Daydreaming is one of your greatest writing tools. Mind you, some people call it visualization. Others call it imagination. I call it story-prep, and here and now, I am officially giving you permission to daydream.

3 Whimsical Reasons to Daydream Your Story

3 Whimsical Reasons to Daydream Your Story

Not convinced yet? Here are three reasons why daydreaming might just be one of the best things you do for your writing today.

1. Daydreaming Aids “Showing”

You already know you should be reading in order to write well. (You wouldn’t trust a “gourmet” chef who never ate the kind of food he cooked, after all.) Daydreaming is another super-helpful key to good writing, and here’s why: the key to show-vs-tell is calling on all the senses, and daydreaming allows you to do that.

Do you remember the smell of freshly fallen snow? What about the smell of a fire, possibly with marshmallows? Or how about the scent of hay in a barn, or horses? Or a field spread with manure, or a dank, urine-stained alleyway in a city?

How about sounds? Do you remember loud traffic at night with distant sirens? How about wind in trees, branches too high to reach? Have you ever been in a nice, quiet restaurant, and heard soft laughter and conversation paired with the gentle clink of flatware on plates?

How about the sound of a subway station at night, tense with your echoed steps and distant trains? Do you recall a loved one’s sleeping breaths? A cat’s purr? A dog’s bark? A dog’s smell? The way mud looks clumped on a dog’s fur?

Dried blood on your skin. Goosebumps. Your body’s reaction to a sudden and frightening noise (heart pounding, widened eyes, maybe shaking, maybe stomach churning, quickened breath). The spurting taste of fresh strawberries. The shock of hot coffee on a cold day, or cold iced tea on a hot day. The sour-sweet tang of lemonade. The bitterness and slime of vegetables cooked way too long. The silkiness of melting chocolate.

Instead of saying, “It was hot, and I sweated,” say, “Sweat stung my lips, and I couldn’t stand my own smell, but sure as hell, that lemonade was the best that ever happened to me.” 

2. Daydreaming Aids Plot

We live in a deeply visual era. This is both good and bad, but one of the benefits is that we’ve all seen a good movie, television show, or play. That means that we’ve experienced someone’s successful plot communicated in a very limited format.

Writing is less limited. We have no special effects budget, no casting problems, no broken props. When you visualize your story, it usually moves quickly. When you’re deep in daydreams, you see exactly how this tale has to play out. Chances are when you’re in that zone, you react to your story the way you want readers to react later.

How do you get from point A to point C? Daydream the scenes between them. How do you play out that conflict, and how do you resolve it? Daydream and let your imagination lead the way. Let your imagination do what it wants, and you’ll find the holes of your story filling in inch by inch.

Yes, what you imagine may seem ridiculous. A hardboiled cop drama might just daydream its way into Superman showing up to save the day, and you can’t write that—but what it really tells you is your characters need outside intervention to overcome the conflict-point you’ve been having trouble fixing.

Maybe you daydream your eighty-three-year-old protagonist flipping out, locking her fellow quilters in the closet, and driving away at top speed while singing “Single Ladies.” You probably can’t fit that in your cozy Southern mystery, but what it does tell you is your character needs a break and some time to herself before the question of “who killed Judge Brown” can be solved.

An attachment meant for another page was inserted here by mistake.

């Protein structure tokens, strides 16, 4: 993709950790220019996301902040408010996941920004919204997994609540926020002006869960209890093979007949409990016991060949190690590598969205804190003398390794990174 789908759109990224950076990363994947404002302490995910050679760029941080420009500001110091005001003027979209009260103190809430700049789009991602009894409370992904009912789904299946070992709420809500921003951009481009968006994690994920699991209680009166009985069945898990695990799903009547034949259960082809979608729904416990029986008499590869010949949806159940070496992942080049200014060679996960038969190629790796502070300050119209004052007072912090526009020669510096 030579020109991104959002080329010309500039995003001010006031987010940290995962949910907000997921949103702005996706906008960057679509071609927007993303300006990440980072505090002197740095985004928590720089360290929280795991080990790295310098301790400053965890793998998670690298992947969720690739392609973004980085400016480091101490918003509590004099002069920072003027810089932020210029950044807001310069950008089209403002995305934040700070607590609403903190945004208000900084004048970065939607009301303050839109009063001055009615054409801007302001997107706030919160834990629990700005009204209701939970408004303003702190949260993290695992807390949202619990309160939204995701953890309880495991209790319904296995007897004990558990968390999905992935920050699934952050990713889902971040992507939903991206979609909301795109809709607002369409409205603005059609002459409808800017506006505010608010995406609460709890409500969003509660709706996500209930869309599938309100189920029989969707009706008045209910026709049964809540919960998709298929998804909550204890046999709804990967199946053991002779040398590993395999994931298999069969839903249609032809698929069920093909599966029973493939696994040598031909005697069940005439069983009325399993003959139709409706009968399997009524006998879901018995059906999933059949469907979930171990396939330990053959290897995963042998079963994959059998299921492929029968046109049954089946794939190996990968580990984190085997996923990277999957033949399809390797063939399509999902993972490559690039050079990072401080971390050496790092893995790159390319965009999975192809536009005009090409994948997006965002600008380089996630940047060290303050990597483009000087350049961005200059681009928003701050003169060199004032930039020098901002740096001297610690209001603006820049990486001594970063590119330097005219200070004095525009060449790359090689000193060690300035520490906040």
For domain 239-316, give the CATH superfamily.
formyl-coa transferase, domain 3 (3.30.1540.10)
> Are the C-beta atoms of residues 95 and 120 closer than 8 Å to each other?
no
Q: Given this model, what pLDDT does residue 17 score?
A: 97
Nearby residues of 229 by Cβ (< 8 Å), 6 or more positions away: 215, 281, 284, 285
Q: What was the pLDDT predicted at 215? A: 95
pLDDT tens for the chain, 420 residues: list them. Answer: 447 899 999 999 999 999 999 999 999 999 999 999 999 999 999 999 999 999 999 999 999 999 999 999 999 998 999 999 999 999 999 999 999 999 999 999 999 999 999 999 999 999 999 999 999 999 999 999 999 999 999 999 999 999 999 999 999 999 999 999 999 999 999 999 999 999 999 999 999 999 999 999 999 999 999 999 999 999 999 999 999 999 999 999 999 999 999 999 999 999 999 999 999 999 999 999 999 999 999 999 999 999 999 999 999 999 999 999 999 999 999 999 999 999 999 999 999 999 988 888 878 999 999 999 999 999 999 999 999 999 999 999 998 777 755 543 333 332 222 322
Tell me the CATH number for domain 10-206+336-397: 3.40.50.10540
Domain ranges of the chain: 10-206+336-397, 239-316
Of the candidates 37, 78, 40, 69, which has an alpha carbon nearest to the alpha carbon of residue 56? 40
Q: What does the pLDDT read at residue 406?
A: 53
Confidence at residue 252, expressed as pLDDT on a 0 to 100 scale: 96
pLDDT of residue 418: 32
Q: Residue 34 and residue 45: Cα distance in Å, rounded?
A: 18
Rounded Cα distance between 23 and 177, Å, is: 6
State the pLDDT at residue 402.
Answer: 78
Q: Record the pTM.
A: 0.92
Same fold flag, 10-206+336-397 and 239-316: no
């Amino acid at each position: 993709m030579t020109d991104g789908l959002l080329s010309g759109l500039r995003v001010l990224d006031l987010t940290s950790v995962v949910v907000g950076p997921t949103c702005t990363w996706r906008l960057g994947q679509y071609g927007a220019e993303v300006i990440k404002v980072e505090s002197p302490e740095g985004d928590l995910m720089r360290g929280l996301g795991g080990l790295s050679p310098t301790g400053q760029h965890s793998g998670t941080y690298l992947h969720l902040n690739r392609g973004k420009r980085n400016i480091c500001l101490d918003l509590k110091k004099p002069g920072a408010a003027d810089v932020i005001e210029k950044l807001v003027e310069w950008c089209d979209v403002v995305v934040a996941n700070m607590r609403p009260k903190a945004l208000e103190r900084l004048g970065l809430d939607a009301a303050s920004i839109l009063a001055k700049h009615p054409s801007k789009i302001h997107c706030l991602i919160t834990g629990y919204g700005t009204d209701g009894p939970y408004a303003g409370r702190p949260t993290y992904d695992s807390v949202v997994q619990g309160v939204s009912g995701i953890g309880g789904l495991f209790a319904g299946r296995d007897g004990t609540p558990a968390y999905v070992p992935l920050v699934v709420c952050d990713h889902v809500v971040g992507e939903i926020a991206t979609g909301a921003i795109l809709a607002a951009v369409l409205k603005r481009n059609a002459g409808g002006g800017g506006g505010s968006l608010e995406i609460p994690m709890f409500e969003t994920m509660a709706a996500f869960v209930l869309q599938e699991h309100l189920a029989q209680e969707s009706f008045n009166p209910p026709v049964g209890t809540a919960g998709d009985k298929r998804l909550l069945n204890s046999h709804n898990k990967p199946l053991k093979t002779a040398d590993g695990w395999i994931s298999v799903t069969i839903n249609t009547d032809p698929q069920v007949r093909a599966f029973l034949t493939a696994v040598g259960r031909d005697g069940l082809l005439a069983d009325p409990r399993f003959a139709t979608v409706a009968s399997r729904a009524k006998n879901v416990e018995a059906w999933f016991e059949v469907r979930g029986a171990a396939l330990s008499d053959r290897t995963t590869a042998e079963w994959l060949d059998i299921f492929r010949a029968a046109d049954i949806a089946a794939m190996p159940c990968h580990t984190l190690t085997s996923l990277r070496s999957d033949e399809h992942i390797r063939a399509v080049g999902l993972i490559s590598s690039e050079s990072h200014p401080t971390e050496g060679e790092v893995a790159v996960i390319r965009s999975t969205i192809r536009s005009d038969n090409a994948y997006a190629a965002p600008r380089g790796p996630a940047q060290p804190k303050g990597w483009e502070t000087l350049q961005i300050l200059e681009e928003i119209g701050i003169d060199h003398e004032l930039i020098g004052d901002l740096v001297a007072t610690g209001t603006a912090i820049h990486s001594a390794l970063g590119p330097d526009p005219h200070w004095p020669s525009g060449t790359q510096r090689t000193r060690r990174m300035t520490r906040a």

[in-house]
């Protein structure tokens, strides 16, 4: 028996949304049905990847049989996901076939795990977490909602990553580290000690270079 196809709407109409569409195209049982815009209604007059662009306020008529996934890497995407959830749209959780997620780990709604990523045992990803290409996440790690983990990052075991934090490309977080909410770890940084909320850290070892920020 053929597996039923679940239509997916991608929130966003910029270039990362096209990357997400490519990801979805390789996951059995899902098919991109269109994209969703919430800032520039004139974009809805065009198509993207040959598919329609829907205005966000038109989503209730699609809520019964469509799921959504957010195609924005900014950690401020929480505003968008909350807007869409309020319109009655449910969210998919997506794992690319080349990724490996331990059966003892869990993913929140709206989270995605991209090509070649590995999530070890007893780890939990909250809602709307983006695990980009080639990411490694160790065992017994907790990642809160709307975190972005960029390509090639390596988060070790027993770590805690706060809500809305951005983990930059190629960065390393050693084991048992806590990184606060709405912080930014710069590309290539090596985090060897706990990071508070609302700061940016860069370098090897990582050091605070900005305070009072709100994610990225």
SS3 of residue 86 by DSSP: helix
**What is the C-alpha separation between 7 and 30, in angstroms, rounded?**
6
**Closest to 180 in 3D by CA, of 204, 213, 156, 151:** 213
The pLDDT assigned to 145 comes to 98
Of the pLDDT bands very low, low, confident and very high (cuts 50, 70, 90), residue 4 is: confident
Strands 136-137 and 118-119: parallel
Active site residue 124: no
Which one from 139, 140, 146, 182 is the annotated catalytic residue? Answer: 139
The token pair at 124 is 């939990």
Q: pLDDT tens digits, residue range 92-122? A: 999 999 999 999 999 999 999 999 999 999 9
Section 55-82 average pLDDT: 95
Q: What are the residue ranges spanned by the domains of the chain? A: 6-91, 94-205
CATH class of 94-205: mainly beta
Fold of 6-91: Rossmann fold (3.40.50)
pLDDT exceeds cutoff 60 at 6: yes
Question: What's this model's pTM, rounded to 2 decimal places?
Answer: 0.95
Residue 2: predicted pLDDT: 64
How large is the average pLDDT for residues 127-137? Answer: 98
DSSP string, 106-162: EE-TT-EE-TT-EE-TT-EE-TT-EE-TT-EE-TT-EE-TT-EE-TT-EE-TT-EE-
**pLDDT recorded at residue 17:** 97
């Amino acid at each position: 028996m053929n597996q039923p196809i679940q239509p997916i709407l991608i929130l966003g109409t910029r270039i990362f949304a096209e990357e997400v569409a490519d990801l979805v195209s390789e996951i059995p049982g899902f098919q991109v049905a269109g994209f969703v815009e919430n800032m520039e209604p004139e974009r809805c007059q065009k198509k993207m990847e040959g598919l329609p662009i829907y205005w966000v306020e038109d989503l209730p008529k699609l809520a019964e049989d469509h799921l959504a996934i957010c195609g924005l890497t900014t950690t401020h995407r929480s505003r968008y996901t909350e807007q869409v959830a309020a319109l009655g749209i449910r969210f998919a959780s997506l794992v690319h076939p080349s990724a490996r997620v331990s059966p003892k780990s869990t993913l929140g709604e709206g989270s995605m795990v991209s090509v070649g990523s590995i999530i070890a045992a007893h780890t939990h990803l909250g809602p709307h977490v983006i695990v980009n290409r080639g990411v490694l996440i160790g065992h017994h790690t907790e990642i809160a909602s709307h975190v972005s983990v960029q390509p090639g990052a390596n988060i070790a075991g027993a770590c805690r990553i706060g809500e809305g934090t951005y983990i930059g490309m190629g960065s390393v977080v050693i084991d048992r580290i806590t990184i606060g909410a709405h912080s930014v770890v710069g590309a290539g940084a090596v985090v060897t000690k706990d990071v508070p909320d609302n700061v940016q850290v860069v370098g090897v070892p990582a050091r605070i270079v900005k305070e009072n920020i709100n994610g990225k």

3. Daydreaming Helps Characterization

One of the wildest things that I’ve ever realized about writing is how much daydreaming builds my characters.

Here’s the kicker: half the time, those characters aren’t doing current-book things in my daydreams. They’ve jumped into someone else’s story (Harry Potter is a favorite of mine), or they’re on the wrong planet, or they’re suddenly in a prequel, or they’re giving me a glimpse of who they are twenty years after the current book ends.

I’ve learned to let them play.

Daydreamed characters step out of the constraints of your story, and that’s good. That means you can see who they really are.

How do your characters respond to different situations? Different problems? How much of their personality is nature vs. nurture? Does their humor stay the same? Do they maintain their philosophies of life, worth, and identity?

Those responses do more to tell you who they are than most of the “character chart” exercises out there.

Just remember to let your characters play in your daydreams. If they want to go off and do something outside your book, let them. They’re trying to tell you something about themselves, and I promise it won’t make your book any less vibrant.

Go Forth and Daydream!

So wherever you are in the writing process, go for it. No, it isn’t childish. It’s powerful, and it can even help you fall in love with your story all over again.

Consider this your official permission. Go forth and daydream today!

Have you found daydreaming helps your writing? Let us know in the comments!

PRACTICE

This is the fun part! I’d like you to take some time and visualize your next scene. Daydream; play it out, letting the characters do what they want.

When you’re through, take fifteen minutes to write down what you saw, paying special attention to the “showing” aspect of the story. Try to call on different senses. Have fun with it!

Then post your practice in the comments and don’t forget to comment on others’ stories as well. 🙂

Ruthanne Reid
Ruthanne Reid
Frothy, according to Kirkus Reviews. Thrives on regular servings of good books and cute cats.